“Several years ago, Rice replaced the exterior skin of the Keith-Wiess Geology Lab building with a more modern curtain-wall system,” Hicks said. “The green stone was one component of that exterior skin and was salvaged for use in future projects. We have reused this material on campus in several locations as countertops and tables.” She said the owls came from Baker College.

In addition to using reclaimed materials, almost 60 percent of the onsite generated construction waste was diverted from the landfill.

Rounding out Anderson-Clarke Center is the incorporation of public art installations, including Joseph Havel’s In Play bronze sculptures on the Great Lawn, Stephen Dean’s dichroic glass ladder in the North Stair pop-out window, Glasscock School student artwork displayed at the Peter T. Brown Gallery on the first floor and instructor artwork on the second floor.

McIntire is particularly proud of the original art throughout the building, “beginning with the eye-catching installation on our Great Lawn. I think the beautiful works of art add timeless value to the building and have a positive and inspiring effect on those who walk the halls each day for work or class.”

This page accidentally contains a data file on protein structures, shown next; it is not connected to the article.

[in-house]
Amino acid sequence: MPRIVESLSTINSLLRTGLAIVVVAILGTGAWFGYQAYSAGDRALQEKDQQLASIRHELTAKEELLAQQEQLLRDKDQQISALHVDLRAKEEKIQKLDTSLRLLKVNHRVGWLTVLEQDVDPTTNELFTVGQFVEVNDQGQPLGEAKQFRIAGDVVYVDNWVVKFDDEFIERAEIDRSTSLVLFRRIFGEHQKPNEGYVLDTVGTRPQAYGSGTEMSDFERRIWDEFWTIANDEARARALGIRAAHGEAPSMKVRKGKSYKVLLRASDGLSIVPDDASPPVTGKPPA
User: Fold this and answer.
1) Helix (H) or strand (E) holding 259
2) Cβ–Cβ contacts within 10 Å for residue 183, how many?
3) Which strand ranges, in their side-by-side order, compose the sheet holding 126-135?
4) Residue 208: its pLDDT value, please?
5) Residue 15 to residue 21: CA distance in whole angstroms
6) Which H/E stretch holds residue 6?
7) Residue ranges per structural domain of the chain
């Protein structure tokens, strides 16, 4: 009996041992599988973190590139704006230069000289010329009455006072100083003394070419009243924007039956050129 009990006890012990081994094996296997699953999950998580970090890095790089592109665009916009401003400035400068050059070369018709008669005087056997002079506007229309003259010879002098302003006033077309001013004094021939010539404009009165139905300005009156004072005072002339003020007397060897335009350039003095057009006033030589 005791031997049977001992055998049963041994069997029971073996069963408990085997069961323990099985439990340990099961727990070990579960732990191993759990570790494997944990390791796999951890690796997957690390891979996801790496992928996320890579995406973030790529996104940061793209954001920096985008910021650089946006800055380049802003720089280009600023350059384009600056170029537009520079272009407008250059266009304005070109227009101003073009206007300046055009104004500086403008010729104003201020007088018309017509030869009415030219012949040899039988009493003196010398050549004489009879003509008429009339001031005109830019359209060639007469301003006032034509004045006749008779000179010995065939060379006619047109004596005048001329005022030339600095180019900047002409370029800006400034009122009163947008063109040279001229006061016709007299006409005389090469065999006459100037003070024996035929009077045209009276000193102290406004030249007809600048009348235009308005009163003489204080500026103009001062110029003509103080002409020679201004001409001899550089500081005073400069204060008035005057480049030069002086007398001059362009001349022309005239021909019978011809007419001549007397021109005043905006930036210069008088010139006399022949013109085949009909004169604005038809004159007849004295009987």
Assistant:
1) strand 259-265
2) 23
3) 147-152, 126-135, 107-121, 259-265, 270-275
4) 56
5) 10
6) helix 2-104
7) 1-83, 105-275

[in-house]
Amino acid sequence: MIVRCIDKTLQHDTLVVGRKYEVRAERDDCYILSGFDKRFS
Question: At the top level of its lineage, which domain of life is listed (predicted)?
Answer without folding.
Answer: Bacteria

“It’s evident that we’ve created a place where people enjoy coming to learn and that learning is enhanced by a state-of-the-art facility built with their needs in mind,” she said. “We’ve received great feedback from students, faculty and staff, but the best response is seeing the relationships formed within the Anderson-Clarke Center.”

The building’s construction was made possible by a naming gift from Rice trustee emeritus Kent Anderson ’62 and his wife, Linda, and Rice trustee emeritus Robert Clarke ’63 and his late wife, Jean (“Puddin”), and more than 400 other donors.

Take a virtual tour of the Anderson-Clarke Center at

The Glasscock School offers personal and professional development classes, online and hybrid courses and certificate programs with additional offerings from the Center for College Readiness, the Center for Philanthropy and Nonprofit Leadership, the Foreign Language program, the English as a Second Language program, the Master of Liberal Studies, the Master of Arts in Teaching and School Literacy and Culture. The Glasscock School attracts students from more than 100 countries and approximately 20,000 enrollments each year.

Registration for spring classes is now open. Learn more at

About Jennifer Evans

Jennifer Evans is a senior editor in the Rice's Office of Public Affairs.